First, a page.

General Court dismisses procurement appeal against tender by EU fusion energy body

On 20 March 2013, the General Court dismissed an appeal by Nexans France against a procurement process tendered by the European Joint Undertaking for ITER and the Development of Fusion Energy for the supply of electrical equipment. The General Court rejected the appeal in its entirety, finding that the European Joint Undertaking for ITER and the Development of Fusion Energy had not infringed the principles of legal certainty, transparency and equal treatment of tenderers, because the tender documents clearly set out that tenderers had to accept all the stipulations and conditions set out in the contract and attached annexes and that failure to do so gave the contracting authority the right to reject a bid without evaluation. The General Court also found that the tender documents had not been designed to favour the successful tenderer as they were designed to specifications set out by the international ITER project. (Case T-415/10: Nexans France v European Joint Undertaking for ITER and Development of Fusion Energy) Read more (not available in English)

General Court dismisses appeal against Commission tender relating to "Environment for Young Europeans" website

On 24 April 2013, the General Court dismissed an appeal by the Greek company Evropaiki Dinamiki (European Dynamics) against a European Commission procurement process relating to the provision of services for a market study in view of developing a new approach for the "Environment for Young Europeans" website. The General Court rejected the appeal in its entirety, finding that the Commission had not committed any manifest errors of assessment, nor had it mixed up the selection and award criteria as regards its evaluation of the European Dynamic's tender and that the statement of reasons was adequate. Read more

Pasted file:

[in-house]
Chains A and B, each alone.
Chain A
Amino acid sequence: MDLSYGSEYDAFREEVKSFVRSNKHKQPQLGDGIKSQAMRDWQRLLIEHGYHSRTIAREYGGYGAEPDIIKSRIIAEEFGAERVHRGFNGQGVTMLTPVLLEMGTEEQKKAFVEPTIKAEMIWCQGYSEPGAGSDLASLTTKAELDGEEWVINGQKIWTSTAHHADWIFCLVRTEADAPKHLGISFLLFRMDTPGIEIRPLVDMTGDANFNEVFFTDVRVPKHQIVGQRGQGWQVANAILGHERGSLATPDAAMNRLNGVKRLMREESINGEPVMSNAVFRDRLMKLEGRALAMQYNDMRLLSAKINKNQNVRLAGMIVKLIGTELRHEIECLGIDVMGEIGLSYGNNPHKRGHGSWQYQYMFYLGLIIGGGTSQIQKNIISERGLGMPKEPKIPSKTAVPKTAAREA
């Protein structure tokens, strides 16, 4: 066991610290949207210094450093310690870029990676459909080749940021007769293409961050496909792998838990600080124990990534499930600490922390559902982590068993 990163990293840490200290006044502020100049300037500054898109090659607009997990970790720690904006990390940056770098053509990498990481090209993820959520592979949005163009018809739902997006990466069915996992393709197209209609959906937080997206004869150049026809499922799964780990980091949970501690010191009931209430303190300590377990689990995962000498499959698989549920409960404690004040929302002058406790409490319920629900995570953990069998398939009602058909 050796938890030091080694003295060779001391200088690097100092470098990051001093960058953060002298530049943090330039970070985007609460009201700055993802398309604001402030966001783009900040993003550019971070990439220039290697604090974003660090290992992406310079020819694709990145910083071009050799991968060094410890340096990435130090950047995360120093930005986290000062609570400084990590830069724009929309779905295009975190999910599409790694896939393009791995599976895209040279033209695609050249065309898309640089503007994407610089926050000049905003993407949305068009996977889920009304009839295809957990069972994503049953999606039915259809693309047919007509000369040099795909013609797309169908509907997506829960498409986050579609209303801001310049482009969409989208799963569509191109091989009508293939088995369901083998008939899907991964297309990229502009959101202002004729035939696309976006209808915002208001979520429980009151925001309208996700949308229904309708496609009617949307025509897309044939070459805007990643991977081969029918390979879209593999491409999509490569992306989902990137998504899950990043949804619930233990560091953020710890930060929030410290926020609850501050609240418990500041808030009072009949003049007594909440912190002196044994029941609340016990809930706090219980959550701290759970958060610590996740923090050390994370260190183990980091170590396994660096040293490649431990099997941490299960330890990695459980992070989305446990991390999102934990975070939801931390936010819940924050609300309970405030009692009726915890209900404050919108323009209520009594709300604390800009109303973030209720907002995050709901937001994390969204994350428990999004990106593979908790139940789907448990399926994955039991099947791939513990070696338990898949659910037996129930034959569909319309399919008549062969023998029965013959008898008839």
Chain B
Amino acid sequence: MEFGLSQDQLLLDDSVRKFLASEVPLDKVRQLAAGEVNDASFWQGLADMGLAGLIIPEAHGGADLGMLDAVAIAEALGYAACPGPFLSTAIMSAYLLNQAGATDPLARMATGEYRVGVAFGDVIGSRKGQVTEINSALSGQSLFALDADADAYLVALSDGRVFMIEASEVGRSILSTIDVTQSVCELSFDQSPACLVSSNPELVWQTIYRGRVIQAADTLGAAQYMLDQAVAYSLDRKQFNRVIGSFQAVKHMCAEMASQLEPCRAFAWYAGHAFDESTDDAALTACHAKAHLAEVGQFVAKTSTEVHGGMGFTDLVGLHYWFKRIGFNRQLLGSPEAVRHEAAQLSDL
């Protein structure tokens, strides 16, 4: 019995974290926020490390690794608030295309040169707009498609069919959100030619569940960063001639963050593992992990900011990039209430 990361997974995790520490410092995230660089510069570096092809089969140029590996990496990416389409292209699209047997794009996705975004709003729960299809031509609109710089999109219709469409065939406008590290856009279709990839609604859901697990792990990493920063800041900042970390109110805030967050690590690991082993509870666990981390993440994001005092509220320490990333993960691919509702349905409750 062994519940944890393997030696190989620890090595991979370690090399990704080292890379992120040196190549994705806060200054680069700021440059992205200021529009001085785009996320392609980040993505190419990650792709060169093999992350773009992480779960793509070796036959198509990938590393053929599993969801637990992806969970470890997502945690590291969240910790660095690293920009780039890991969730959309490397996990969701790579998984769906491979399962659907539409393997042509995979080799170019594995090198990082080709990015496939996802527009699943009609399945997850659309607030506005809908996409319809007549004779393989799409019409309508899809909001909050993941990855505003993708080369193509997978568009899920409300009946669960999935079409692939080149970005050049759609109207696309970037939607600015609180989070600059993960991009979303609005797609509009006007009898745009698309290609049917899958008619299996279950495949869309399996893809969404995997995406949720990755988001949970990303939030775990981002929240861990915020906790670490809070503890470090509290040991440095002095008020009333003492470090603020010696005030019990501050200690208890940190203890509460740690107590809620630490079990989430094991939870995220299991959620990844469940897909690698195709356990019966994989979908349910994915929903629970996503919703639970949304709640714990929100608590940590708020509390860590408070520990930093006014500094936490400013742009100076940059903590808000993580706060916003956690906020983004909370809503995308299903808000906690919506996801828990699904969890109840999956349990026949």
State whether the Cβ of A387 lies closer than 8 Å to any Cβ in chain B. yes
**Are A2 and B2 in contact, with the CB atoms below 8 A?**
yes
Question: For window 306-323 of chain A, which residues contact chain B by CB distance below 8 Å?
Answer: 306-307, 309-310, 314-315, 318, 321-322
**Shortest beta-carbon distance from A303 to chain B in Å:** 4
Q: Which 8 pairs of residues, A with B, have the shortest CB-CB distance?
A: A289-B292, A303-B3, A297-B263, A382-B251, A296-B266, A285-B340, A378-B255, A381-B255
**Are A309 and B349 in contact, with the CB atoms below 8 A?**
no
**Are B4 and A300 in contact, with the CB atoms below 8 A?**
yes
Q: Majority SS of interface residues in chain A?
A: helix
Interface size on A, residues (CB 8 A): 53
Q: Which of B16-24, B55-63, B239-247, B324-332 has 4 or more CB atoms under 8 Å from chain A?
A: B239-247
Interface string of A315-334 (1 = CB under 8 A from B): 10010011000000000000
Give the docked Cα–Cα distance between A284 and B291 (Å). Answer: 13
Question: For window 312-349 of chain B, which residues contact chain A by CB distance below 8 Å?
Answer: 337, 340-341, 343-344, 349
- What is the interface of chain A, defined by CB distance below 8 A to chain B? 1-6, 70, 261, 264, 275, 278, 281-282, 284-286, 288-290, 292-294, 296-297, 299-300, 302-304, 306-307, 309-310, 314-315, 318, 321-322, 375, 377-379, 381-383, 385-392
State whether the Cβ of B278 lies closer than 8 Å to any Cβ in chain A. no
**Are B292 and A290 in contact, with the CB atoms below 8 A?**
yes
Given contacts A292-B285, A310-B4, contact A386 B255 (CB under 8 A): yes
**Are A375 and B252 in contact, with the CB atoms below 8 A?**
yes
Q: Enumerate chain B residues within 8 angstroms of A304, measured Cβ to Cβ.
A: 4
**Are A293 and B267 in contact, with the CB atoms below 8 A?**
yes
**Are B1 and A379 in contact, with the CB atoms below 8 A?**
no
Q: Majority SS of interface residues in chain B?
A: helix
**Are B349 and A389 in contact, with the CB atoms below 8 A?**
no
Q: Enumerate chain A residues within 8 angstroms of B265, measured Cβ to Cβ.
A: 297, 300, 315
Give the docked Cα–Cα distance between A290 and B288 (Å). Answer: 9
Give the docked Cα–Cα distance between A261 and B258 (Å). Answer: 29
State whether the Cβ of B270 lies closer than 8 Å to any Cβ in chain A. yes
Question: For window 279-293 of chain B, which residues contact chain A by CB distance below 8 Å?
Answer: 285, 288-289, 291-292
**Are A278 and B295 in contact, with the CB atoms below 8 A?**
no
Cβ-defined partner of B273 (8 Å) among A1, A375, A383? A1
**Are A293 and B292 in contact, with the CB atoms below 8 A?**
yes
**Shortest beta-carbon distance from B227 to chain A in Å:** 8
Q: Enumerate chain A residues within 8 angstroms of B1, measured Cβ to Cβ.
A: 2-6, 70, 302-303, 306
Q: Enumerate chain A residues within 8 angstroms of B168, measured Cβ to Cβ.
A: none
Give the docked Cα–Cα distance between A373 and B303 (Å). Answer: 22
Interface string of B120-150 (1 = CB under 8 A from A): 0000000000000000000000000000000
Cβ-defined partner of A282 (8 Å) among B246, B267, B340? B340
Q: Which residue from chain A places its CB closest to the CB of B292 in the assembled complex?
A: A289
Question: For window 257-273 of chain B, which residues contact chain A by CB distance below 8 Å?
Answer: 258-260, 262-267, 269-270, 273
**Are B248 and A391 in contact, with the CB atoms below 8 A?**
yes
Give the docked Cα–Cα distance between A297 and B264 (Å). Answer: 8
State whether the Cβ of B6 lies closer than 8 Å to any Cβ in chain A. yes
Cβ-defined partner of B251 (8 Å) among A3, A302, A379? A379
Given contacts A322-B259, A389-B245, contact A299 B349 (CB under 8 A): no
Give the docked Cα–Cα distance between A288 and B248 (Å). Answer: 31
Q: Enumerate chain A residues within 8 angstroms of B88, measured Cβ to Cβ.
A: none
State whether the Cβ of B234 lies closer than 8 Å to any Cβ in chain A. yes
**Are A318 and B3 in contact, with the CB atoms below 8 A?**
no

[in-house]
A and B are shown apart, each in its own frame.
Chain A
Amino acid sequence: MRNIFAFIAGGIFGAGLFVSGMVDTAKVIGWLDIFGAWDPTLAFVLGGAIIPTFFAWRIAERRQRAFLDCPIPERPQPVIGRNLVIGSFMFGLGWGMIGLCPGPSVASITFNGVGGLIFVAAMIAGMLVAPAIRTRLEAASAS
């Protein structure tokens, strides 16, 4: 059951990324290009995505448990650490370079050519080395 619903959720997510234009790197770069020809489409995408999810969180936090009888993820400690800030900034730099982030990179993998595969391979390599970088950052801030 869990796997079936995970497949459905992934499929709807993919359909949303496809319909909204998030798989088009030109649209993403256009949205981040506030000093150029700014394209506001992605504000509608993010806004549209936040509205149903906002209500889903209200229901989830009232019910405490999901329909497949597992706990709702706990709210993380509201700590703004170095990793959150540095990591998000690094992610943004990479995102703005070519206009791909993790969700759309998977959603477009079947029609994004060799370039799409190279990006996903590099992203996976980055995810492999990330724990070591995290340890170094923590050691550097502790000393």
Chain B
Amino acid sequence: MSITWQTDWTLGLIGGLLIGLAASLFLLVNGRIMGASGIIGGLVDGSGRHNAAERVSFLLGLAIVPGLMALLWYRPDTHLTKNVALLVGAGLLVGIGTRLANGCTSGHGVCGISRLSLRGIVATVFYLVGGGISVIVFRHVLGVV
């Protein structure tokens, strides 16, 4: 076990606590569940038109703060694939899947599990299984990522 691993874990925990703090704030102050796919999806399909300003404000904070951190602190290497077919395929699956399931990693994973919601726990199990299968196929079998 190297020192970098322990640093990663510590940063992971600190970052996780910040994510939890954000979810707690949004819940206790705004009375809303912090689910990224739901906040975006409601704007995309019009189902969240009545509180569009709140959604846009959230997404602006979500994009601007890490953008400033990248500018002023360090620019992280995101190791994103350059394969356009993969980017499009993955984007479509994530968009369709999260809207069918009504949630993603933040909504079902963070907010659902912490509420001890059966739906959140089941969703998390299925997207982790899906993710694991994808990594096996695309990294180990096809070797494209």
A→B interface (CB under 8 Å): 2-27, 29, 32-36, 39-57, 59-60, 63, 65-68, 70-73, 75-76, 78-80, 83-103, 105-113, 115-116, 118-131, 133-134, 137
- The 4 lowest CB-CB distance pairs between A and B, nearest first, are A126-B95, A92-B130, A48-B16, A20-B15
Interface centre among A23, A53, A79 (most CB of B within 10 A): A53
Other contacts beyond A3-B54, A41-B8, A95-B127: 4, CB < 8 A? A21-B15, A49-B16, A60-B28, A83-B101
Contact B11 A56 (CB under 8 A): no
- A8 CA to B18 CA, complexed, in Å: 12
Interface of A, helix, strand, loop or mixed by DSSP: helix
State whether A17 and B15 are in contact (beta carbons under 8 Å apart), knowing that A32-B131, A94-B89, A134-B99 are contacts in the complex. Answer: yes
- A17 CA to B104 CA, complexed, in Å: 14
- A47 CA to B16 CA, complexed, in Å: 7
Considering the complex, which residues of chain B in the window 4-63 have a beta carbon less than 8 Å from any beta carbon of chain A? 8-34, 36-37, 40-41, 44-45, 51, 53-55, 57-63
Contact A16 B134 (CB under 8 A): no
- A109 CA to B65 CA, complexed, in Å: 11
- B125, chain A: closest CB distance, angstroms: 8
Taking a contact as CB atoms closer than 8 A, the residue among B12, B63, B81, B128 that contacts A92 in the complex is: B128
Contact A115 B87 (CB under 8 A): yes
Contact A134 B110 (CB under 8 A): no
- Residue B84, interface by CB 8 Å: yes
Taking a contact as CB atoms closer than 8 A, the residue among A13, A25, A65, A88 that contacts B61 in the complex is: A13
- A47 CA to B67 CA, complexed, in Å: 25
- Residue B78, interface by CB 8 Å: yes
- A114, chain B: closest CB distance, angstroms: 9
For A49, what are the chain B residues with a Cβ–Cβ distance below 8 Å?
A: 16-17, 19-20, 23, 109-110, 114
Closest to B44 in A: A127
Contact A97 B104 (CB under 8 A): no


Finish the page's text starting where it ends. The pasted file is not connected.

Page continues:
INFRINGEMENTS CASE-LAW

Commission requests Portugal to apply EU rules

The European Commission has requested that Portugal fully implement the Directive on procurement of arms, munitions and war material (and related works and services) for defence purposes, as well as the procurement of sensitive supplies, works and services for security purposes. The Defence Procurement Directive (Directive 2009/81/EC) had to be implemented in all EU Member States by 20 August 2011. However Portugal has only put part of the required provisions in place. The Commission's request takes the form of a reasoned opinion under EU infringement procedures. If no measures are notified to put an end to the violation of EU law within two months, the Commission may decide to refer Portugal to the EU Court of Justice. Read more

OTHER DEVELOPMENTS

HMRC publishes response to consultation on promoting tax compliance through procurement policy